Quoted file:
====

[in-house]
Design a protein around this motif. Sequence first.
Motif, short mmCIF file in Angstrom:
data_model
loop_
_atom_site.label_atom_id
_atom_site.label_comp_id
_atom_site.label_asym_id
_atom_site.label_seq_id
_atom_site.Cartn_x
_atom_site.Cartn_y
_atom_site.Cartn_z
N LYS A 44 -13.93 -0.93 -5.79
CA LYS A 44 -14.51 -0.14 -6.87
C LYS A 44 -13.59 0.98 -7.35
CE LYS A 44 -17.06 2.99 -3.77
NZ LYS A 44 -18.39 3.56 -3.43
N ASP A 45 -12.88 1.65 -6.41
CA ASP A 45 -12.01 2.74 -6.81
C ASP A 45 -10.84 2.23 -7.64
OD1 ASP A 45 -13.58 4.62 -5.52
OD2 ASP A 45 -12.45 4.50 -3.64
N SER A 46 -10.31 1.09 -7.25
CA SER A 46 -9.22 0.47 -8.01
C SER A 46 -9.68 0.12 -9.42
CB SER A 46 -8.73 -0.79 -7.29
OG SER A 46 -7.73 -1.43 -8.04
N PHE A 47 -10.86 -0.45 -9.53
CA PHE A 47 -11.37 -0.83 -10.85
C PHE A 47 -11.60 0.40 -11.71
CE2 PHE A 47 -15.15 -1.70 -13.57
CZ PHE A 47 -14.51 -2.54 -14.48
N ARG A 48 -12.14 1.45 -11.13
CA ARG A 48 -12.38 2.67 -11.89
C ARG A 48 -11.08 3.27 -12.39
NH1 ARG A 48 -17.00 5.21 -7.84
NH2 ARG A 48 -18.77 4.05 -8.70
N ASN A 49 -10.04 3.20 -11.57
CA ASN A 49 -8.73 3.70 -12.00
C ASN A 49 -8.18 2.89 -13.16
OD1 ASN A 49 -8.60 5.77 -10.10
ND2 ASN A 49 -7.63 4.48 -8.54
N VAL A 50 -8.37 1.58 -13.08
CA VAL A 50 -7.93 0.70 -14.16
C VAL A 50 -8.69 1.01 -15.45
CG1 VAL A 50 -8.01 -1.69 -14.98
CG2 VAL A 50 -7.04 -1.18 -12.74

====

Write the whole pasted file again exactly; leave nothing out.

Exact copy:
[in-house]
Design a protein around this motif. Sequence first.
Motif, short mmCIF file in Angstrom:
data_model
loop_
_atom_site.label_atom_id
_atom_site.label_comp_id
_atom_site.label_asym_id
_atom_site.label_seq_id
_atom_site.Cartn_x
_atom_site.Cartn_y
_atom_site.Cartn_z
N LYS A 44 -13.93 -0.93 -5.79
CA LYS A 44 -14.51 -0.14 -6.87
C LYS A 44 -13.59 0.98 -7.35
CE LYS A 44 -17.06 2.99 -3.77
NZ LYS A 44 -18.39 3.56 -3.43
N ASP A 45 -12.88 1.65 -6.41
CA ASP A 45 -12.01 2.74 -6.81
C ASP A 45 -10.84 2.23 -7.64
OD1 ASP A 45 -13.58 4.62 -5.52
OD2 ASP A 45 -12.45 4.50 -3.64
N SER A 46 -10.31 1.09 -7.25
CA SER A 46 -9.22 0.47 -8.01
C SER A 46 -9.68 0.12 -9.42
CB SER A 46 -8.73 -0.79 -7.29
OG SER A 46 -7.73 -1.43 -8.04
N PHE A 47 -10.86 -0.45 -9.53
CA PHE A 47 -11.37 -0.83 -10.85
C PHE A 47 -11.60 0.40 -11.71
CE2 PHE A 47 -15.15 -1.70 -13.57
CZ PHE A 47 -14.51 -2.54 -14.48
N ARG A 48 -12.14 1.45 -11.13
CA ARG A 48 -12.38 2.67 -11.89
C ARG A 48 -11.08 3.27 -12.39
NH1 ARG A 48 -17.00 5.21 -7.84
NH2 ARG A 48 -18.77 4.05 -8.70
N ASN A 49 -10.04 3.20 -11.57
CA ASN A 49 -8.73 3.70 -12.00
C ASN A 49 -8.18 2.89 -13.16
OD1 ASN A 49 -8.60 5.77 -10.10
ND2 ASN A 49 -7.63 4.48 -8.54
N VAL A 50 -8.37 1.58 -13.08
CA VAL A 50 -7.93 0.70 -14.16
C VAL A 50 -8.69 1.01 -15.45
CG1 VAL A 50 -8.01 -1.69 -14.98
CG2 VAL A 50 -7.04 -1.18 -12.74